The Mass Transit Surveillance System is intended to supplement existing security grids because vital areas need nearly complete coverage. This will necessitate a combination of new and existing cameras tied together to provide a common operating display. The system must be adaptable to monitor a variety of venues such as subway and light-rail stations, bus terminals, tunnels and bridges.
Another TSWG program uses existing ground surveillance radar to provide intrusion detection at commercial airports. The working group and the Transportation Security Administration are jointly modifying existing Airport Surface Detection Equipment (ASDE-3) ground surveillance radars for this purpose. These systems are used to track the movement of aircraft as they taxi and of vehicles on airport flight lines.
David explains that the modifications consist of processing the radar data so that it detects only humans and specific types of objects, such as boats, inside and around the airport perimeter. Like the other systems, the radar surveillance equipment will provide operators with a single integrated operational picture of the airport grounds. This allows intruders to be detected and tracked for interception by security forces. A prototype system is being evaluated at a major U.S. airport, he says.
The TSWG also is developing a virtual training system for first responders. The Scenario-Based Interactive Exercise Simulation is designed to train groups of geographically dispersed personnel efficiently and to reduce travel and training expenses. The system uses a multiplayer, online gaming technology incorporating virtual reality techniques and interactive simulation. The role-based scenarios are intended to familiarize participants with agency roles, assets and response protocols.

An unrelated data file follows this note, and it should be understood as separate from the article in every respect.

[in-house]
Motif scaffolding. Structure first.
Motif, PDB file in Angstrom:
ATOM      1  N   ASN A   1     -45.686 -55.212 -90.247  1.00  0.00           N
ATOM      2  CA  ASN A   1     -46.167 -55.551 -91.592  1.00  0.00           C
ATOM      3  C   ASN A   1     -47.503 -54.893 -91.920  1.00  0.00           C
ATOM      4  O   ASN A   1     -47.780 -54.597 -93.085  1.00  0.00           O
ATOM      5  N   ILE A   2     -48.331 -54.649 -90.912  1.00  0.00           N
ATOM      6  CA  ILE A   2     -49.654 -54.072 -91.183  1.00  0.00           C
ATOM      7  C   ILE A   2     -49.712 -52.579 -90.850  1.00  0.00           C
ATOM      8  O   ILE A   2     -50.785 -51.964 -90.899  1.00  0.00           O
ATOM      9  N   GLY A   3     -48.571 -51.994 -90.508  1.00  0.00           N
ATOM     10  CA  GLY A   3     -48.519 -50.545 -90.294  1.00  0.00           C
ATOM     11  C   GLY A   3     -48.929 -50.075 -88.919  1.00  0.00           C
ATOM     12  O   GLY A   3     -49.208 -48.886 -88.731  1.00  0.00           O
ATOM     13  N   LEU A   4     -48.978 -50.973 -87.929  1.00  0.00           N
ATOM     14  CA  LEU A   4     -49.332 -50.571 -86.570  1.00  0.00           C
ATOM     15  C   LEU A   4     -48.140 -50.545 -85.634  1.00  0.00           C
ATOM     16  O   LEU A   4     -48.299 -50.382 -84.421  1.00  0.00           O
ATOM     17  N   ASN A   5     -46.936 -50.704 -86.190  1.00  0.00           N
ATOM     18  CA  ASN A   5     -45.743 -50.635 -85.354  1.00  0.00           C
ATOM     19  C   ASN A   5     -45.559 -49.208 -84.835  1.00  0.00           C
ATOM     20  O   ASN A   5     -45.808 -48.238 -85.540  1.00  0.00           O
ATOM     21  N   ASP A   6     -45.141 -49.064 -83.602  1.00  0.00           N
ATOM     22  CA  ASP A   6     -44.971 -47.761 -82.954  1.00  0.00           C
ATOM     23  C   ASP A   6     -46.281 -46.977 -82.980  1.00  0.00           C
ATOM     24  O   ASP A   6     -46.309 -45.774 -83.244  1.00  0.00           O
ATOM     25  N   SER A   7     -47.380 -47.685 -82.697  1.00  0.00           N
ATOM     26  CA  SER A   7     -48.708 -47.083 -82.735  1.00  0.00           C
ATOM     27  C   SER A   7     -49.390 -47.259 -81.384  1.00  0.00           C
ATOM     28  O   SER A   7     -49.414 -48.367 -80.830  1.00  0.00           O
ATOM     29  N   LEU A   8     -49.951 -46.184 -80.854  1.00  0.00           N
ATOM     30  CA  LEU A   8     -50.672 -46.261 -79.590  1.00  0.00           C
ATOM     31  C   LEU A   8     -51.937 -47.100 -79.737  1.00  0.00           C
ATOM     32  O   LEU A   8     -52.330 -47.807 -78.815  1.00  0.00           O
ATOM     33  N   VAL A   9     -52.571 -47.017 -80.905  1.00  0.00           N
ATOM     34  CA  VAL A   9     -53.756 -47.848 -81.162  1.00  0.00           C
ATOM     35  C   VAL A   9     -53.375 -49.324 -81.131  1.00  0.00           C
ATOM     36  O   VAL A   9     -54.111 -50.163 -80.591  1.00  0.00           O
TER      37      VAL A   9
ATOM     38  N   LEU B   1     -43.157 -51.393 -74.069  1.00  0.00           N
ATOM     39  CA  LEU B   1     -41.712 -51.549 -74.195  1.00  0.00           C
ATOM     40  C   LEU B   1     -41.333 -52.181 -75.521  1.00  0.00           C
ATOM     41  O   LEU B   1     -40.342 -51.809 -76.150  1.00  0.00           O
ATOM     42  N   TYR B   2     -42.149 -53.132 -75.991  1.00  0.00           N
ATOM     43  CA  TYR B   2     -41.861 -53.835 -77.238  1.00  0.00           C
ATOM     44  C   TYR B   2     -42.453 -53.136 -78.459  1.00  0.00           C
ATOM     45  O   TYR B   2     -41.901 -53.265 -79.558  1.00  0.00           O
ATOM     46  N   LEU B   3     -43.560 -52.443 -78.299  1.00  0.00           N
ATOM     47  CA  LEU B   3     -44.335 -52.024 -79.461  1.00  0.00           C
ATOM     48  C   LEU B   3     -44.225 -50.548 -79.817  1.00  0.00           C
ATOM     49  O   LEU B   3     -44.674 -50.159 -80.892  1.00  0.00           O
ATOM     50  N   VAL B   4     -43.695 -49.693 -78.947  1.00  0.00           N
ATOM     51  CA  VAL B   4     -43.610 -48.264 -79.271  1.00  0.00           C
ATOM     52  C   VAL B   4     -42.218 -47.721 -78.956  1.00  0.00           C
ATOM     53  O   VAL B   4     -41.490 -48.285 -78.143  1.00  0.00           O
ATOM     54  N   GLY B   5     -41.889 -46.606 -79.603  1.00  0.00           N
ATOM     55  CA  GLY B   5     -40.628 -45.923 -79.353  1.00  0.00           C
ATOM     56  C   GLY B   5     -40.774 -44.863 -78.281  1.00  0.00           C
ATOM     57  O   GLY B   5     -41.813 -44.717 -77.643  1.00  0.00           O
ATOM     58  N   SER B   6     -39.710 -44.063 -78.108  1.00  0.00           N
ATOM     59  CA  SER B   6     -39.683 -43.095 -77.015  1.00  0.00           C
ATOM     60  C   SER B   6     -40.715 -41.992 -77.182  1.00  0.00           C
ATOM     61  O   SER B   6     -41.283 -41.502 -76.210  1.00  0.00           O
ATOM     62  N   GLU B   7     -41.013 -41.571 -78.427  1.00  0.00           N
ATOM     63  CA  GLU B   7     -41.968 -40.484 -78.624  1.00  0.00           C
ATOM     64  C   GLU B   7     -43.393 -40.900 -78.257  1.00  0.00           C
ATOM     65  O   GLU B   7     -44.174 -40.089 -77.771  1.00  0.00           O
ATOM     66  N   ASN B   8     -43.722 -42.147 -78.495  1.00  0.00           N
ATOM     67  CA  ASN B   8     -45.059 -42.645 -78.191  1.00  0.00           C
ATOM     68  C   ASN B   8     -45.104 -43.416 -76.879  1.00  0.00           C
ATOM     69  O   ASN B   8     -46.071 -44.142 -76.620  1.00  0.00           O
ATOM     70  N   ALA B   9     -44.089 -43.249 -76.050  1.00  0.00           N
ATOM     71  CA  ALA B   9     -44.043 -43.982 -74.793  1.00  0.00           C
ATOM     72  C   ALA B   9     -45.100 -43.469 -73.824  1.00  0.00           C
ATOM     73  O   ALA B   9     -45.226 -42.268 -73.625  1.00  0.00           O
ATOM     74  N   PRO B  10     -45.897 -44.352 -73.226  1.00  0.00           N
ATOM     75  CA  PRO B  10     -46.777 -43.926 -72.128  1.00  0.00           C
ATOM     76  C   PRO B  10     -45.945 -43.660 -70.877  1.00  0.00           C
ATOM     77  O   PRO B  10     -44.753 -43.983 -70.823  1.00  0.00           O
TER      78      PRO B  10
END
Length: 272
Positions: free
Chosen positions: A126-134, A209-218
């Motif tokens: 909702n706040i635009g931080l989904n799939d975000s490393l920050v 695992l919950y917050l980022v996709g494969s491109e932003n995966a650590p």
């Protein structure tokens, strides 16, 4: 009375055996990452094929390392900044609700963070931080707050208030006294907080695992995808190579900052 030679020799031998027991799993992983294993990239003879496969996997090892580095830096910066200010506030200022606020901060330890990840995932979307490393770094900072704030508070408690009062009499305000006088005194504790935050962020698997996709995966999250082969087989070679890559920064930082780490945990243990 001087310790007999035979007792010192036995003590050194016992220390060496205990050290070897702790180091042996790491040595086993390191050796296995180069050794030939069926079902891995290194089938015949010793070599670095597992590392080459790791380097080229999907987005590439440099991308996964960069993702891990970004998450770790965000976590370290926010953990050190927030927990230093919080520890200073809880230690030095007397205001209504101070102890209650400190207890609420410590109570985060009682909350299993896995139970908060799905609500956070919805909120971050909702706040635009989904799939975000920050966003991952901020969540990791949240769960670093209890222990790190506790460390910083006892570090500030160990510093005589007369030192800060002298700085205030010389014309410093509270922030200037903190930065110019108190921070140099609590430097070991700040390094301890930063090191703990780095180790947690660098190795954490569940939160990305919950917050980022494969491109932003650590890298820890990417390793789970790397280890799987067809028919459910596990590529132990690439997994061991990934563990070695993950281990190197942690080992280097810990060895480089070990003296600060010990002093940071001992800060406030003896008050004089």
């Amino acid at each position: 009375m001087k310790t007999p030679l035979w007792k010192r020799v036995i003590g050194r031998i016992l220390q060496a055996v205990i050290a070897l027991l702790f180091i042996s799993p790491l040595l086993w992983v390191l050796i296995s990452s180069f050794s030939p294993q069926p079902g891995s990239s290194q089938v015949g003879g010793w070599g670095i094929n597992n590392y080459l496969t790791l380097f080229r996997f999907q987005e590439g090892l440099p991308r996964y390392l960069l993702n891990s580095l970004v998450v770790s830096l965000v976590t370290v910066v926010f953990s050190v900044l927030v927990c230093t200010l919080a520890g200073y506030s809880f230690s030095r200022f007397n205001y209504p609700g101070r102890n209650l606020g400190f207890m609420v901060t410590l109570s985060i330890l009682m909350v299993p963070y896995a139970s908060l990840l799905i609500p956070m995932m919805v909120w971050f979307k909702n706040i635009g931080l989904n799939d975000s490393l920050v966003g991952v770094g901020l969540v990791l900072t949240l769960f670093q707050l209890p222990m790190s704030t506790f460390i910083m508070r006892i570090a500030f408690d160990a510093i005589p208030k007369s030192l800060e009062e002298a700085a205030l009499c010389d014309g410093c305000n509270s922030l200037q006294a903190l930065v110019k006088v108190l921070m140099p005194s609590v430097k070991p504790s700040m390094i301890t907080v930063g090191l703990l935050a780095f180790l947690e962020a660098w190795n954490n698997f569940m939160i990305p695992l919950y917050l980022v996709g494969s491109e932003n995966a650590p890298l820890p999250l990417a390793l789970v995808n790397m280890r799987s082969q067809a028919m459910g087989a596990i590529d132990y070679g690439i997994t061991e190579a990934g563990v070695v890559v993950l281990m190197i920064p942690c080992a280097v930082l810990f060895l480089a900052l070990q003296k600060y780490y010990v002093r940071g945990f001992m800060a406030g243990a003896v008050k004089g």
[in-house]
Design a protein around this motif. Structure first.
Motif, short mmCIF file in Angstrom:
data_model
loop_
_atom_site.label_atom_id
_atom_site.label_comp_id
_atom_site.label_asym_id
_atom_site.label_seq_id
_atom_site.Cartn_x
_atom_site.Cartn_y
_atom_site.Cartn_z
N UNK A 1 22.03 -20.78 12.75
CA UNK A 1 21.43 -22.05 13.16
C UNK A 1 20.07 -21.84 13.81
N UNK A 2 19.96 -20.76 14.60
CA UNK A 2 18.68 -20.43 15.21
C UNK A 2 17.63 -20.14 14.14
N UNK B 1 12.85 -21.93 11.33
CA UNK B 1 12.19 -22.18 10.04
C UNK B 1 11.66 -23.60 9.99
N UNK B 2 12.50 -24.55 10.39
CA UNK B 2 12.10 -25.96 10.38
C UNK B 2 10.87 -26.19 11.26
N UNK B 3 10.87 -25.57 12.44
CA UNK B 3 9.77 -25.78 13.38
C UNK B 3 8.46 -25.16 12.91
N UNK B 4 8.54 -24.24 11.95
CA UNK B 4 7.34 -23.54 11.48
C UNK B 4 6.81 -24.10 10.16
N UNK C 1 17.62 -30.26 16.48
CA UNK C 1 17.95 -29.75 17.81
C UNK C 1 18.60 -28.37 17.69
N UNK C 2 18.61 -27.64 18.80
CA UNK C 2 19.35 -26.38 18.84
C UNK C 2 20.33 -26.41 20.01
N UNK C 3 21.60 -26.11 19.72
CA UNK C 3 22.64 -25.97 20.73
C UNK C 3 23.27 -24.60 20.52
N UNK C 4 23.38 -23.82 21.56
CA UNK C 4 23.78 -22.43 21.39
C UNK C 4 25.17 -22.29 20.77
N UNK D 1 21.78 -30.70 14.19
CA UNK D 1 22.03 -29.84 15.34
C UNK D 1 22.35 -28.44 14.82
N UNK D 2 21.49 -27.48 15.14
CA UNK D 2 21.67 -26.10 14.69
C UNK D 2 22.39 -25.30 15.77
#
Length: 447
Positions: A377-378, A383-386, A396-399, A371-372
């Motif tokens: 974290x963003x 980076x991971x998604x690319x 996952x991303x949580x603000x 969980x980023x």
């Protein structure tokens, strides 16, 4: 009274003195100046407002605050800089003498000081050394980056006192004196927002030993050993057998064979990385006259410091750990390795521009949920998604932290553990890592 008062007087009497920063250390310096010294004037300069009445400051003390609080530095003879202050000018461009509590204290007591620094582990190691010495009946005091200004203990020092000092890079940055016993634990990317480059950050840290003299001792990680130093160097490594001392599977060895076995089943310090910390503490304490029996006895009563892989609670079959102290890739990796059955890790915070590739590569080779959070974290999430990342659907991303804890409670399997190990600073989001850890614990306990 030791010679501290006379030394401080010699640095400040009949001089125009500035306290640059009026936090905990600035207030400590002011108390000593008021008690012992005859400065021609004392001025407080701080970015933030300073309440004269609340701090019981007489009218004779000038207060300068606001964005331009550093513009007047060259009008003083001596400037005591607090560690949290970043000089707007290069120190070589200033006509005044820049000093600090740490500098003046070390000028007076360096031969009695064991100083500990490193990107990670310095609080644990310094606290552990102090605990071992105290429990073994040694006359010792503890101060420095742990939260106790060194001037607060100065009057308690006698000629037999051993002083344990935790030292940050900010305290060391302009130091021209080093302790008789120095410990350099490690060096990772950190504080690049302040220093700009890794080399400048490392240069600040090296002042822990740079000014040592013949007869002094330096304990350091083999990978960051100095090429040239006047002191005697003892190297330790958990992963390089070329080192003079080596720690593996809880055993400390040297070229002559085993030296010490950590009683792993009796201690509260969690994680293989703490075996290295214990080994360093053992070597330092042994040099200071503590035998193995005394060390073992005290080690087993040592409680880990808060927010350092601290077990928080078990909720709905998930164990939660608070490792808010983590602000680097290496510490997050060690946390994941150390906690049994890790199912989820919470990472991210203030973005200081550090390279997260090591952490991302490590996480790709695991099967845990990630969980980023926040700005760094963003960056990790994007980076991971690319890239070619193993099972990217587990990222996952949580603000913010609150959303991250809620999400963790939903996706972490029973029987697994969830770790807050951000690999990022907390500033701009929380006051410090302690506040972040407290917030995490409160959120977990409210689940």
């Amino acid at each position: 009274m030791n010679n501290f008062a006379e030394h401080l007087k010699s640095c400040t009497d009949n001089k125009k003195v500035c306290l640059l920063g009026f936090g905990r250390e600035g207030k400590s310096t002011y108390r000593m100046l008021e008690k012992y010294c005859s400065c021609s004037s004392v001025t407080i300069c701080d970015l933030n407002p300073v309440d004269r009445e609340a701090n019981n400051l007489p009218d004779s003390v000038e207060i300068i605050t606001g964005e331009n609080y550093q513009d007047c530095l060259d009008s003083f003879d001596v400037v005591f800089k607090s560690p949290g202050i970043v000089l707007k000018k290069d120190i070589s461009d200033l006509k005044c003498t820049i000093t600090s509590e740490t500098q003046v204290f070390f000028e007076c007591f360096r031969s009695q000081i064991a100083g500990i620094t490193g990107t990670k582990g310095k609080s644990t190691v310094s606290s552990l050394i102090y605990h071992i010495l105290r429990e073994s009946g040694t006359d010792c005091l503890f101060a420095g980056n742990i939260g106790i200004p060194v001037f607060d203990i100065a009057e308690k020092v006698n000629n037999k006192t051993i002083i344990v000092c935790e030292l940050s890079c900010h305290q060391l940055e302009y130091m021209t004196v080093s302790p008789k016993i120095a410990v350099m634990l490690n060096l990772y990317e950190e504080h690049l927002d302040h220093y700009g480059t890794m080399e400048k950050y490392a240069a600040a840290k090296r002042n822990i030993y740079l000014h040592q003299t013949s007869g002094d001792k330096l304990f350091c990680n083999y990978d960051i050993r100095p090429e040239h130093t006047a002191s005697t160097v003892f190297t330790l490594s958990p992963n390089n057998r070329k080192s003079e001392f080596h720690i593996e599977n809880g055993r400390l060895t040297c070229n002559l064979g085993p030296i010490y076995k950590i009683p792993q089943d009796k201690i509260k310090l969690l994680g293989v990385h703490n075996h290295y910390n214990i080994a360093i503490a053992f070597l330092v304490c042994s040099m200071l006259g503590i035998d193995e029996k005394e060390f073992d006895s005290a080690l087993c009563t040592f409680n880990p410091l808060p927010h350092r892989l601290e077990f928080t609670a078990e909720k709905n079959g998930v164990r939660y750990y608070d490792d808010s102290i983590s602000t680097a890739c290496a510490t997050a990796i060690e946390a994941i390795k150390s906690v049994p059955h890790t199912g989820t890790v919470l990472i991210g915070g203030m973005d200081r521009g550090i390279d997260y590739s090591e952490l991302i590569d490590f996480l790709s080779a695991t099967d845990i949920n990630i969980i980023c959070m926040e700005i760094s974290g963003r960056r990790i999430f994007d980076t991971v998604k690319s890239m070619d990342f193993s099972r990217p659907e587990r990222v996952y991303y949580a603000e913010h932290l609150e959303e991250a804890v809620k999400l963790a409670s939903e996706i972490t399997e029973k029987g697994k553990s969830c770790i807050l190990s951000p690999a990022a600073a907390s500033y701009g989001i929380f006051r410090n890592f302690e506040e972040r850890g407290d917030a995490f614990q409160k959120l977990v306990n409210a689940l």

David notes that end users for the system range from the Defense Department to first responders. The goal is to allow almost everyone involved in combating terrorism to use this tool, he says. The software will allow the simulation of events such as chemical, biological, radiological, nuclear and explosive attacks in realistic environments. Key highlights of the technology include a realistic synthetic environment that replicates cities, ports and trains. Virtual participants in the simulation wear protective equipment and other mission-specific gear to create a more realistic experience.
The content of the simulation is consistent with regional and national exercise programs. The software features an authoring capability, allowing users such as fire chiefs to customize scenarios to meet specific needs. Scenarios and operational environments will be available via pull-down menus. Users can select from cities such as New York and Philadelphia or a generic urban area.
Users interface with the simulation through a game-style controller similar to a Microsoft Xbox. The software resides in a central server, and participants receive a compact disc to install the software on their desktop or laptop computers. The discs allow users to log in and participate in the exercises. The software is designed to operate on most personal computers. David notes that while the simulation graphics will be better on a desktop machine, bandwidth is a major consideration. The program allows users with 56-kilobit dial-up modems to participate.